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Optical Illusion Plays Tricks on Bridge Stability

Friday, March 12, 2021

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At the beginning of the month, officials from the North Carolina Department of Transportation were reportedly assuring local residents on the stability of a bridge in Raleigh.

The bridge was opened in December, following a widening project from Interstate 440 East to I-40 East.

According to several reports made by drivers, a wall which appeared to be supporting a flyover bridge from I-440 West to I-40 East was slightly leaning. However, the sudden interest in the structure’s stability wasn’t new, as Robert Bullock, a resident engineer overseeing the I-40 widening project, reported that multiple people had inquired about the bridge’s leaning wall last year.

Bullock stressed to concerned travelers that the bridge was safe for drivers to drive over and under, saying that, “We continue to monitor it like we do a lot of the walls to make sure we don’t have any issues.” To explain the apparent illusion, Bullock said that because the wall was built on a slight curve, in addition to the roadway itself being on a curve, combined with the height of the structure, there are two or three visual angels that make the bridge appear like it could be leaning or curving more than it should.

“The first part of the wall, sort of the wings area, the part as you are coming up, the contractor did build it a little straighter, so there is a slight turn some people notice, but other than that, that’s what creates some of that illusion, a visualization as of why it may seem to lean forward.”

A spokesperson for NCDOT, Marty Homan, also chimed in on the reassurance of the structure’s safety, saying, “The wall has been inspected several times over the last year, and we have found no issues to date.”

Optical Illusions in the Industry

Another bridge known for its optical illusions is a glass bridge spanning the Yellow River in China, as the structure is adorned with three-dimensional murals that are custom-made for selfies. Opened in July 2017, the Shapotou Suspension Bridge’s glass bottom renovation is the first of its kind on the Yellow River, and was put in place due to increased interest from tourists in such attractions.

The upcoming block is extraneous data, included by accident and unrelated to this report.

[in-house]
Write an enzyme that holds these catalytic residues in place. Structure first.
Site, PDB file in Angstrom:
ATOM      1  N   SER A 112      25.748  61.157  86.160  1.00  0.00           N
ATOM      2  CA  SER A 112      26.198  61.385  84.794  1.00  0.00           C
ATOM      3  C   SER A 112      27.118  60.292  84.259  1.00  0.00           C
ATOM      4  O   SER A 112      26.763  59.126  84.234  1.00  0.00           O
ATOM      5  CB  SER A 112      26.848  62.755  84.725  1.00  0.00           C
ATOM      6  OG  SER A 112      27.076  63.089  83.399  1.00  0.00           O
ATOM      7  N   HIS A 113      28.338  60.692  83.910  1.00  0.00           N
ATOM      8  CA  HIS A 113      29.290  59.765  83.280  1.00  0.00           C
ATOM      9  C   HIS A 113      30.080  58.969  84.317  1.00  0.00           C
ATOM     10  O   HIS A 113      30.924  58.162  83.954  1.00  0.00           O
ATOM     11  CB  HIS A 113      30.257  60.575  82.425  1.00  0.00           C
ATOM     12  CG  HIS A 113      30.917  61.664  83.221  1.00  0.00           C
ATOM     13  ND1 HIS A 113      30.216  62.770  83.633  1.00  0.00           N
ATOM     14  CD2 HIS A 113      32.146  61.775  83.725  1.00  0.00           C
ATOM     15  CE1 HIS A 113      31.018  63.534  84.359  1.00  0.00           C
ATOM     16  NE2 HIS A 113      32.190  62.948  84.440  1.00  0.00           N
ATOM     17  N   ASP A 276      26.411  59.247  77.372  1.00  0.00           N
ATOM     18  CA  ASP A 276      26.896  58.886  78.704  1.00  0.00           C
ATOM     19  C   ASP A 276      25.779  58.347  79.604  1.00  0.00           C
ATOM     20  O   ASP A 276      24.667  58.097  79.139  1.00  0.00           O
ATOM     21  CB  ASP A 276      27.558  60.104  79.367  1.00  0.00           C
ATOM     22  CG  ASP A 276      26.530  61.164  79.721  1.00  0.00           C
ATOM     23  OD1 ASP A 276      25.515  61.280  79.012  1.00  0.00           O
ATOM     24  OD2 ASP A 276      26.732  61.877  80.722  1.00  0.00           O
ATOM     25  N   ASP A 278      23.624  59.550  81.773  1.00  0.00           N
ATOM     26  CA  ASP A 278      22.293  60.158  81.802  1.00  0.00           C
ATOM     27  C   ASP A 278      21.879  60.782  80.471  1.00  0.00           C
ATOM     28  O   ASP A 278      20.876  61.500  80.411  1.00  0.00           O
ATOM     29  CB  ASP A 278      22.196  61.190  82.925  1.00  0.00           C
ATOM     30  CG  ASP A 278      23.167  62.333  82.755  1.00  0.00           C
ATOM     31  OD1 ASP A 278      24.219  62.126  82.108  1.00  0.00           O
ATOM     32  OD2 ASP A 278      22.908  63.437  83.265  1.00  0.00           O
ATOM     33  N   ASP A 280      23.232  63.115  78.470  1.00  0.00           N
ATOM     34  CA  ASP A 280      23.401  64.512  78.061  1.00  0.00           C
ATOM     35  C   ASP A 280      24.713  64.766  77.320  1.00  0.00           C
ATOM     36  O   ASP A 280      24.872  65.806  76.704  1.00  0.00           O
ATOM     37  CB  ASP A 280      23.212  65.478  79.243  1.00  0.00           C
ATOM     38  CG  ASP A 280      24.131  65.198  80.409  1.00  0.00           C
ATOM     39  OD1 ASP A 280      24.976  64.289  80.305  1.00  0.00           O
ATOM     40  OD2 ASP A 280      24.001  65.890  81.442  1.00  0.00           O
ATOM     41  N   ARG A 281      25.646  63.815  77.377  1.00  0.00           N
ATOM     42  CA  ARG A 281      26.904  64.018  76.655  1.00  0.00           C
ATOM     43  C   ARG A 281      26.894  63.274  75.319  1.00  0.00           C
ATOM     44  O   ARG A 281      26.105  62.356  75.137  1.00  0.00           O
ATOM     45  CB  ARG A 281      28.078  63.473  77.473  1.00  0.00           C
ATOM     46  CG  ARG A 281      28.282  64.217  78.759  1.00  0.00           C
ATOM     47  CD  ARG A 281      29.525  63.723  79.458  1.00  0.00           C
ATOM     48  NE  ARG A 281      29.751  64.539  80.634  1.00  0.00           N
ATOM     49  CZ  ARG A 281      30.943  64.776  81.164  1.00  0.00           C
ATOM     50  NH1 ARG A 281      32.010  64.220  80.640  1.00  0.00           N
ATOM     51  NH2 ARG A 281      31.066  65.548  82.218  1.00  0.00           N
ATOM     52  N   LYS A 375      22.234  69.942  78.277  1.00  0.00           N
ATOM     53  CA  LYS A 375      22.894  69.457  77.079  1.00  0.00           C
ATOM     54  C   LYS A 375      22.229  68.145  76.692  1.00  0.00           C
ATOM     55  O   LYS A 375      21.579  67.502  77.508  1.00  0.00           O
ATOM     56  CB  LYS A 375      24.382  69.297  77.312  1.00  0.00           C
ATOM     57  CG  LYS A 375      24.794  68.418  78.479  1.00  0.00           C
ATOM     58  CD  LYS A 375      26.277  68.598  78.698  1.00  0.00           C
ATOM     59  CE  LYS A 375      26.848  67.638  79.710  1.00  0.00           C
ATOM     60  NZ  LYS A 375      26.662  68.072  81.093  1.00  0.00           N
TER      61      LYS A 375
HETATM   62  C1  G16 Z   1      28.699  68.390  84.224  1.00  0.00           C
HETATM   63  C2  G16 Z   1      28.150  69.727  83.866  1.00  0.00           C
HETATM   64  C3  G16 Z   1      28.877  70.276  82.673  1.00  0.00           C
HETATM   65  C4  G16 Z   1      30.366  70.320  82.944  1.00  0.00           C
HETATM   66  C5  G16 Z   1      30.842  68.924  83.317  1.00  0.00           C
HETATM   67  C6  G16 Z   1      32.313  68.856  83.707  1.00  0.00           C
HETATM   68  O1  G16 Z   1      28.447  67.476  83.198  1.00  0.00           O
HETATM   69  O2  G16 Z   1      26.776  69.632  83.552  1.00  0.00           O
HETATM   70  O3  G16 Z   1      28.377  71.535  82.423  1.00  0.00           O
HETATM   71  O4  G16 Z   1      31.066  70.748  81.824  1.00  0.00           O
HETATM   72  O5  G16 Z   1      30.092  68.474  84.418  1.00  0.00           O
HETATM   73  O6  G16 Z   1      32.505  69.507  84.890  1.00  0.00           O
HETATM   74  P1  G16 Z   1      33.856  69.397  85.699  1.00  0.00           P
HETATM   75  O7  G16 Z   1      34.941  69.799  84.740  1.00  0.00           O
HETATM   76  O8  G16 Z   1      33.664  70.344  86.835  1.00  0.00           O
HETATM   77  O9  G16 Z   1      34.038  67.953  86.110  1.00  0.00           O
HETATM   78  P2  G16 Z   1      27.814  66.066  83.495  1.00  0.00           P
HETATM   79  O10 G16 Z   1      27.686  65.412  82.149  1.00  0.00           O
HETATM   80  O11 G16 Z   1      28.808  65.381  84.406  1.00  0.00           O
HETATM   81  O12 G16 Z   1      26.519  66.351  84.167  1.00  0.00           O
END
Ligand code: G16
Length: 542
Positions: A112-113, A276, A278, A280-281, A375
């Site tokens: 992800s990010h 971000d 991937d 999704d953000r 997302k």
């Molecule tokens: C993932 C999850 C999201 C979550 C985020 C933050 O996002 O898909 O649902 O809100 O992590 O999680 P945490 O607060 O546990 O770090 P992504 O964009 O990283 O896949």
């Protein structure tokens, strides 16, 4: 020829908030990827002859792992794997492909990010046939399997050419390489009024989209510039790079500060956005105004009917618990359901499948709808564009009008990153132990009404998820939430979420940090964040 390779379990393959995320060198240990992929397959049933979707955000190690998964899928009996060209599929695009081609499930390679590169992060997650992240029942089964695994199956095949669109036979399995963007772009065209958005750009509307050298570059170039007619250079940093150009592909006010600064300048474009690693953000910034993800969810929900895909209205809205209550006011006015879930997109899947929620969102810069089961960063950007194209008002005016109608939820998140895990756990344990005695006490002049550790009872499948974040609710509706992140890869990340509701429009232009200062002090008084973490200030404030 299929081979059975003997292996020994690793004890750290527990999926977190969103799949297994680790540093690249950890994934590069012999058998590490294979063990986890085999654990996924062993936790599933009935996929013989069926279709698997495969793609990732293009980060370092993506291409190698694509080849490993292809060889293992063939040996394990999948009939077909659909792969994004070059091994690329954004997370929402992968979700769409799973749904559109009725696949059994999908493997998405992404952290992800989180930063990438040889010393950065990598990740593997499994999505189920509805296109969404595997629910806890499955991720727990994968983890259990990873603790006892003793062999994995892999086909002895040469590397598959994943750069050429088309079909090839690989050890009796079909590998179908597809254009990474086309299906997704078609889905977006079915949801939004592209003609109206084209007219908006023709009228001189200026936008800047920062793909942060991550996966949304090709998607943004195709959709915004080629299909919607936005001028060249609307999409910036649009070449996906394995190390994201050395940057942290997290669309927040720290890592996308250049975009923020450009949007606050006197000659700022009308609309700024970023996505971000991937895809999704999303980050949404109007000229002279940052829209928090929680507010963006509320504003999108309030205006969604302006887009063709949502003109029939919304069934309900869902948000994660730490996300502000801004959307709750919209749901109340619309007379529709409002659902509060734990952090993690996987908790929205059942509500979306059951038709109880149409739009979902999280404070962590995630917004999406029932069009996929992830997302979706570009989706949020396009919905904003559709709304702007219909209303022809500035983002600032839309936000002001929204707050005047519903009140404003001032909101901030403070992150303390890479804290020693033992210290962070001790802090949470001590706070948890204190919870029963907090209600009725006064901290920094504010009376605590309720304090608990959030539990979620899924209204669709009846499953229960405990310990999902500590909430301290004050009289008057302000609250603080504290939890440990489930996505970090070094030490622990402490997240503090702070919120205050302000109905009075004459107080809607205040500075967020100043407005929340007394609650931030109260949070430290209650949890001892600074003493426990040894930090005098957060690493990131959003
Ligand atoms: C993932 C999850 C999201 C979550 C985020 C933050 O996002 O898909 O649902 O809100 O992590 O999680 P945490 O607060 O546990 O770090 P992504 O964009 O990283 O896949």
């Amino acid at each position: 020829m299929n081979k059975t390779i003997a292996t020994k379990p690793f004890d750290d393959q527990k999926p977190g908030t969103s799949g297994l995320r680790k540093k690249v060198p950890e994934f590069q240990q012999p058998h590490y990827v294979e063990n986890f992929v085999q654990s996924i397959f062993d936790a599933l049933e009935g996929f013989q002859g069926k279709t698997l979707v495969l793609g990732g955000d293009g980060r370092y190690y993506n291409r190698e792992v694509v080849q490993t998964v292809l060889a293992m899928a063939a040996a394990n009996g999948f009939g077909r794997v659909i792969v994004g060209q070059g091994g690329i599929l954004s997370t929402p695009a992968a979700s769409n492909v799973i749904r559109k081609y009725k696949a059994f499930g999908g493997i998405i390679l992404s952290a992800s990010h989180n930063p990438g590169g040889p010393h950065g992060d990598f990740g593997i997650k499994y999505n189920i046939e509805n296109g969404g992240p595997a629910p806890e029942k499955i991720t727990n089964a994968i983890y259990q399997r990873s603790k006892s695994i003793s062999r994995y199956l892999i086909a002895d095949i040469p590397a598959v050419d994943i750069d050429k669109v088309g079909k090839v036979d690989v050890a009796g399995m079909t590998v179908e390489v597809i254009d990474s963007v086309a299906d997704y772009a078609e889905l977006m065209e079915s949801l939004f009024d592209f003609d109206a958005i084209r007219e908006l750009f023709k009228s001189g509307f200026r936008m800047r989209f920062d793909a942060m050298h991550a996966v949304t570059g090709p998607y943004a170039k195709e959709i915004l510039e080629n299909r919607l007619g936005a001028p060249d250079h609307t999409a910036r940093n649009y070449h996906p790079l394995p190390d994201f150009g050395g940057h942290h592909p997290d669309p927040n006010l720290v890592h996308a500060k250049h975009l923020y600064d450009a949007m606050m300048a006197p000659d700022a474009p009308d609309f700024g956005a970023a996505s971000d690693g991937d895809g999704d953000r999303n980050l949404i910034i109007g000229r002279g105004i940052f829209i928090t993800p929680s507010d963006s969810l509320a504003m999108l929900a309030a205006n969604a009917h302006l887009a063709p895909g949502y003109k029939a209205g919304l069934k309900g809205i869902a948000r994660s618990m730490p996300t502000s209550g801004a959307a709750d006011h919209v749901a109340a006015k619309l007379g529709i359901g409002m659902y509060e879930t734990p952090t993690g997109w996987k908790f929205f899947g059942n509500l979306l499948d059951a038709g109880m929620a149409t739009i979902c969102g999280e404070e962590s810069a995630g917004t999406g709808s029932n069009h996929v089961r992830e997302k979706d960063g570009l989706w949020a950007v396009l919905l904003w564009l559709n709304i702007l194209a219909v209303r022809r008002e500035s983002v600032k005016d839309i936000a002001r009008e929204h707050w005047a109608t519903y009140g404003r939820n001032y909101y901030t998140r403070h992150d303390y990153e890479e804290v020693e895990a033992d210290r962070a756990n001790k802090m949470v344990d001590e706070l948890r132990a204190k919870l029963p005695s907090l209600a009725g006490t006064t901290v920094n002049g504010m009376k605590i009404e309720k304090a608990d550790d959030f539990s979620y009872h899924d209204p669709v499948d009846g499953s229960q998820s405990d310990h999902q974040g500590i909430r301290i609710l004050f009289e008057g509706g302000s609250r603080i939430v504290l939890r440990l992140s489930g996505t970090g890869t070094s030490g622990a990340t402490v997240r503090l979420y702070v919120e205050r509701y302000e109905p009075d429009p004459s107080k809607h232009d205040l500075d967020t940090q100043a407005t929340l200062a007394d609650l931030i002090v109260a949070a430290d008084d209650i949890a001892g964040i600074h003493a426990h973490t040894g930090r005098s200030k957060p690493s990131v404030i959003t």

Located in Zhongwei, Ningxia Province, the bridge sits at 1,076 feet long, featuring 61 panels of normal glass and 77 panels of glass with 3D-printed images. Each option creates a spectacular view for photography, with someone looking as if they are standing right above the river’s rushing waters, or standing right over a 3D-printed waterfall.

The Shapotou Suspension Bridge was originally built in 2014, and with the increase in tourist interest in glass-bottomed bridges, site management decided to repave the bridge with glass, noted Daily Mail Online. This resulted in two-thirds of the bridge walkway being replaced with glass, while the rest remained wood.

The bridge is 8.5 feet wide and is suspended 33 feet above the Yellow River.

Since then, artists have tackled creating optical illusions using a more familiar approach: paint. In 2018, Street artist David Louf—more commonly known as Mr. June—finished a number of urban projects showcasing his 3D-style murals on various pieces of infrastructure and cityscape.

Colossal recently reported that Louf just completed an entire building in Berlin with his signature process: using a laser to sketch the surface’s main lines and then painting abstract overtop. The artist’s website features photos and videos of his work, most recently a design on the roof of a water tank in Greensboro, North Carolina, that he calls “an ode to the beauty of water.”

Louf reportedly painted the 45-meter-in-diameter water tank roof in 13 days.

In 2019, for the 30th anniversary of the Louvre’s iconic glass pyramid, French street artist JR created an optical illusion that made the pyramid look like it was sinking into a chasm below. To celebrate its anniversary, JR and 400 volunteers cut and pasted 2,000 strips of paper to make the collage surrounding the artwork. According to JR’s website, this was the biggest pasting ever done by an artist. The work measured around 17,000 square meters.

The installation was dubbed “The Secret of the Great Pyramid.”


Tagged categories: Bridges; Bridges; Department of Transportation (DOT); Health & Safety; NA; North America; Roads/Highways; Transportation

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